(read by Susan Vaughan in Real Audio) click to hear Susan Vaughan read ‘A Blot of Mustard, or Message from E-zine Editor Passed’ in Real Audio

Dear Editors: Last night a fearsome figure, arms akimbo,
came right up to my barstool, moaning, "Literary limbo,

my wretched prison! Tippling poet, you must not refuse
to pass this damned soul's message to the staff at Agile Snooze!"

or something like that; it was hard to hear with all the clanging
of chains he dragged behind him and my head already banging,

for I had just been toasting one who'd labored in our medium
till suddenly, while editing his zine, he'd died of tedium.

(They say he'd started meetings with a prayer: "Now let us bore.")
And then I realized it was he, more lifeless than before

in fact, quite dead. So he was pretty hard to understand;
he wailed and gnashed his teeth to beat the Famous Who-How Band,

who quickly saw that he could make their artistry complete
and dragged him up onstage to join their Flute With Chainsaw Suite.

And as he gibbered on, I thought I heard some comic pillar
Euripides, if I recall, or maybe Phyllis Diller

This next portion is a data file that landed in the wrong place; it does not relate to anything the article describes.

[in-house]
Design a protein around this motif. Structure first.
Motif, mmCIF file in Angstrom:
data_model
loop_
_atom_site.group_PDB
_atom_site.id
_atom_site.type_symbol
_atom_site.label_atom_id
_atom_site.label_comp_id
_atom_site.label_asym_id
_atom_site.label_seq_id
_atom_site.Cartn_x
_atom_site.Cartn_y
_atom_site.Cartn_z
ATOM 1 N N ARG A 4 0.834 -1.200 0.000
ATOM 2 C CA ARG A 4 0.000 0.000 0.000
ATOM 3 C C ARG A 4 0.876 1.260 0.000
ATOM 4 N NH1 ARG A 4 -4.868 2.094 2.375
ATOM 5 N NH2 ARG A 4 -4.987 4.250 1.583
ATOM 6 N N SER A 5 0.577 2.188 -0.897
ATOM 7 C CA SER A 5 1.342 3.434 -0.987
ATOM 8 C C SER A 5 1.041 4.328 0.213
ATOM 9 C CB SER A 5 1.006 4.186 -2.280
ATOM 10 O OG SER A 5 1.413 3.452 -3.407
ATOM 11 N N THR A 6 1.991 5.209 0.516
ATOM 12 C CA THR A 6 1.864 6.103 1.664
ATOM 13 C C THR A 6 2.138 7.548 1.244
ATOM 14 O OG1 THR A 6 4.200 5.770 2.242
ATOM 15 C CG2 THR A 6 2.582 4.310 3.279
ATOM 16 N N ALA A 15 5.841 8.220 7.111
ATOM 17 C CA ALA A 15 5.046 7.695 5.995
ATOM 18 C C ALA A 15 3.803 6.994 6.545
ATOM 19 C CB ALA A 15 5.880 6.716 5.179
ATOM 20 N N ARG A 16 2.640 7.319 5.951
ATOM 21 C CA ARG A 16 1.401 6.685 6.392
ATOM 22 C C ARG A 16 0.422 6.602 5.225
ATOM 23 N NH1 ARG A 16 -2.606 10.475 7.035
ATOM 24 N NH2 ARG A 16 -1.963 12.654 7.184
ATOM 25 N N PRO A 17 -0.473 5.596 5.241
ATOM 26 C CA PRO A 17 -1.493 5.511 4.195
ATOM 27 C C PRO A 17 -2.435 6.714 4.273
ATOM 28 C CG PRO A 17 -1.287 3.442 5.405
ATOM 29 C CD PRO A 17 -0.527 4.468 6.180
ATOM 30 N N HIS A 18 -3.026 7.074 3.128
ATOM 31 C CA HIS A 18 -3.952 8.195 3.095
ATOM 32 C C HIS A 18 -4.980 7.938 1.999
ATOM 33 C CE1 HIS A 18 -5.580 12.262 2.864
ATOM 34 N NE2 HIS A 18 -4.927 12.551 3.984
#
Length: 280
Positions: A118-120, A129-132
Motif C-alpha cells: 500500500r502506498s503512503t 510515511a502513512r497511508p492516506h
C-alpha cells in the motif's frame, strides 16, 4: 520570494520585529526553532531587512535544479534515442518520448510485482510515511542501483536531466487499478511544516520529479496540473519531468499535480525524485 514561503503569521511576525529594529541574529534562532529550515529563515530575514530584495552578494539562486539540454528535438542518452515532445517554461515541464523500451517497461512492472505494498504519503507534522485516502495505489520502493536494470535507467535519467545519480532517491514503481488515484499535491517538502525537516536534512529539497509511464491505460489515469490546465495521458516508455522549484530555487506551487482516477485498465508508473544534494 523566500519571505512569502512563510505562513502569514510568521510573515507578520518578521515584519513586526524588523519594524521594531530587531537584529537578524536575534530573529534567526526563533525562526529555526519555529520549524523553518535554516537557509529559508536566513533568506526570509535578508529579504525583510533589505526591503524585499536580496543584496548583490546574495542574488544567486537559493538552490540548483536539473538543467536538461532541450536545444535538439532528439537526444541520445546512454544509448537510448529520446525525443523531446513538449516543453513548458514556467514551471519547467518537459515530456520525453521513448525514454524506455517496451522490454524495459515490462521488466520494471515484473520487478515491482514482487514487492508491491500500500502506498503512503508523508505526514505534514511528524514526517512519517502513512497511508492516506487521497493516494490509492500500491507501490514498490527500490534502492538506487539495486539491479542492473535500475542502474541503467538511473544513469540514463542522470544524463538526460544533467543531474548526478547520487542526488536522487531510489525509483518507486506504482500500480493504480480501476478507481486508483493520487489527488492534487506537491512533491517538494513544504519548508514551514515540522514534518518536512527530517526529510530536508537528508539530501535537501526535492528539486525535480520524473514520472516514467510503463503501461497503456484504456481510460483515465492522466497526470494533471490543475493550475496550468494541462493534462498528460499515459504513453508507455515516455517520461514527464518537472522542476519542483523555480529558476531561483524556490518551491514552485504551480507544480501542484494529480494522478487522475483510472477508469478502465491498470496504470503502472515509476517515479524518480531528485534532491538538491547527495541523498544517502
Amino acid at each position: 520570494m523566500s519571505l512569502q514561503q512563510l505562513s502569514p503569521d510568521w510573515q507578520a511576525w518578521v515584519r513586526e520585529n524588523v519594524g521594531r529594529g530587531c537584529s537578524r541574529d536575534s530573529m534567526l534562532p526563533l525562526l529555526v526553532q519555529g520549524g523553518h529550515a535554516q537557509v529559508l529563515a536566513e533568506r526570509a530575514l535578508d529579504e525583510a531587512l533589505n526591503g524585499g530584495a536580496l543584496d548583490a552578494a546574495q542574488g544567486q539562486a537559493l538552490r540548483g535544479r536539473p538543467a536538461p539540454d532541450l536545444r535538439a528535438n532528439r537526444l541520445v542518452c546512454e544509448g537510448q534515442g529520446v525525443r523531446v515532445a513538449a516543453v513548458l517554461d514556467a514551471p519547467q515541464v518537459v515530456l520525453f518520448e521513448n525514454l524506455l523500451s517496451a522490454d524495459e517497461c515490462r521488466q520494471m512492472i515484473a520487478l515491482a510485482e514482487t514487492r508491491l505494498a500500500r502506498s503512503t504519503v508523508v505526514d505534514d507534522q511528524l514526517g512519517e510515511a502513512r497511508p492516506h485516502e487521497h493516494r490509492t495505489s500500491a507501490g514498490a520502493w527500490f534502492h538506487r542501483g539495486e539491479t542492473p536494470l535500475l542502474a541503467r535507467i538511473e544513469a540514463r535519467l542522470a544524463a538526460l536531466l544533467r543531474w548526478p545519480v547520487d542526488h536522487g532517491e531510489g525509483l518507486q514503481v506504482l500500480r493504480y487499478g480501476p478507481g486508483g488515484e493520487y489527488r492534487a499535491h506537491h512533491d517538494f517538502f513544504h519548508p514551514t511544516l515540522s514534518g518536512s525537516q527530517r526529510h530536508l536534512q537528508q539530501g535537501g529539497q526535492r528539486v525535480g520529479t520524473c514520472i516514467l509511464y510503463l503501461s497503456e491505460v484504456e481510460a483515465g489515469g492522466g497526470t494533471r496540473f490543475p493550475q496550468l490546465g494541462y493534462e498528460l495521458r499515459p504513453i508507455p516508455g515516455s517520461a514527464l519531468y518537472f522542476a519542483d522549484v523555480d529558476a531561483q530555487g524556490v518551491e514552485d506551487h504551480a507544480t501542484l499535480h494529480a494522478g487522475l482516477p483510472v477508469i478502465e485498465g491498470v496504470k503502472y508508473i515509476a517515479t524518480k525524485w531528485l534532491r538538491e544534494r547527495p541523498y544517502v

warn: "Food for thought won't last till dinner, brilliant lines must fade,
all hubris dies, and laughter is the highest accolade."

And by the way, what witless clump decided I was Tipsy
for merely adding thimblefuls to sweeten up my Pepsi?

But anyhow, if you should doubt my story, heed this bribe:
make them laugh and you might even get them to subscribe.


 
Click here to visit Susan Vaughan's start page.


 

Honorable Mention

Terpsichore, "Tipsy" Addresses Poetry Editors New York, March 21, 2001
by Christopher Wagner
           
                                   (read by Christopher Wagner in Real Audio) click to hear Christopher Wagner read ‘Terpsichore, “Tipsy” Addresses Poetry Editors New York, March 21, 2001’ in Real Audio

Since, gentlemen, you’ve been neglecting my offices,
I’m visiting yours to exact some respect.
My lightness of touch is no license to scoffas is
Often assumed by your humorless sect.

It’s Truth that you’re afternot laughsno, not you!
And spring water makes me a teeensy bit liquory
But supposejust supposethat the world is askew
Reflecting such worlds is a job for Terps[hic!]chore!

But no!you’re too sober for Nashes or Suesses
You plug earnest ears as you dash by my grotto.
But the graver the muse is, the worse her abuses:
I’m merely tipsyErato is blotto!

Still, argument’s hardly good form for immortals.
At least when addressing you mayflies below,
A goddess should never defend why she chortles:
One sends a murrainthat’s more comme il faut.

But that leaves the question of how I should plague you
What punishment fits your excessive sobriety?
Cold sores or crabs? Warts, acne or ague?
I’ve got it! I’ll give you each other’s society!

Or, taking my cue from Euripides’ Bacchae
(Absurdity too will return when repressed),
I’ll tangle your metaphors, make them sound wacky.